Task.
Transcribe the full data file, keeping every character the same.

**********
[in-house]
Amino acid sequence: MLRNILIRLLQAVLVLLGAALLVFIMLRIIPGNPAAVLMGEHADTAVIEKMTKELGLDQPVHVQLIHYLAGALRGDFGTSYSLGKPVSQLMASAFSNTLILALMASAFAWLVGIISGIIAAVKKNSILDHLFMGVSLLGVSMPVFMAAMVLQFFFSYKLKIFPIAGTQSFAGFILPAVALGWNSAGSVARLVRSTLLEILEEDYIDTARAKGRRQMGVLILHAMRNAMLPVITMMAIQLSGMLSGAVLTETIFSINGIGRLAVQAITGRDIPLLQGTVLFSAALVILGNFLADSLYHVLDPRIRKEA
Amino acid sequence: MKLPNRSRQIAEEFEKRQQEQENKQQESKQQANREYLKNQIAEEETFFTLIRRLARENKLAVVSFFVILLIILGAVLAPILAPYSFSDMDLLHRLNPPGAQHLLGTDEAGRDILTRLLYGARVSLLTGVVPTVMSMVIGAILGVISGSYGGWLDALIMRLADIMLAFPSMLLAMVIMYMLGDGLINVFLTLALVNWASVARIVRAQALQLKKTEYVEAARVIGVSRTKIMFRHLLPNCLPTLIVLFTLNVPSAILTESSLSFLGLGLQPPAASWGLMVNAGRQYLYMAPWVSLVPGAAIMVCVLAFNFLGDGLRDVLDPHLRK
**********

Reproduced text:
[in-house]
Amino acid sequence: MLRNILIRLLQAVLVLLGAALLVFIMLRIIPGNPAAVLMGEHADTAVIEKMTKELGLDQPVHVQLIHYLAGALRGDFGTSYSLGKPVSQLMASAFSNTLILALMASAFAWLVGIISGIIAAVKKNSILDHLFMGVSLLGVSMPVFMAAMVLQFFFSYKLKIFPIAGTQSFAGFILPAVALGWNSAGSVARLVRSTLLEILEEDYIDTARAKGRRQMGVLILHAMRNAMLPVITMMAIQLSGMLSGAVLTETIFSINGIGRLAVQAITGRDIPLLQGTVLFSAALVILGNFLADSLYHVLDPRIRKEA
Amino acid sequence: MKLPNRSRQIAEEFEKRQQEQENKQQESKQQANREYLKNQIAEEETFFTLIRRLARENKLAVVSFFVILLIILGAVLAPILAPYSFSDMDLLHRLNPPGAQHLLGTDEAGRDILTRLLYGARVSLLTGVVPTVMSMVIGAILGVISGSYGGWLDALIMRLADIMLAFPSMLLAMVIMYMLGDGLINVFLTLALVNWASVARIVRAQALQLKKTEYVEAARVIGVSRTKIMFRHLLPNCLPTLIVLFTLNVPSAILTESSLSFLGLGLQPPAASWGLMVNAGRQYLYMAPWVSLVPGAAIMVCVLAFNFLGDGLRDVLDPHLRK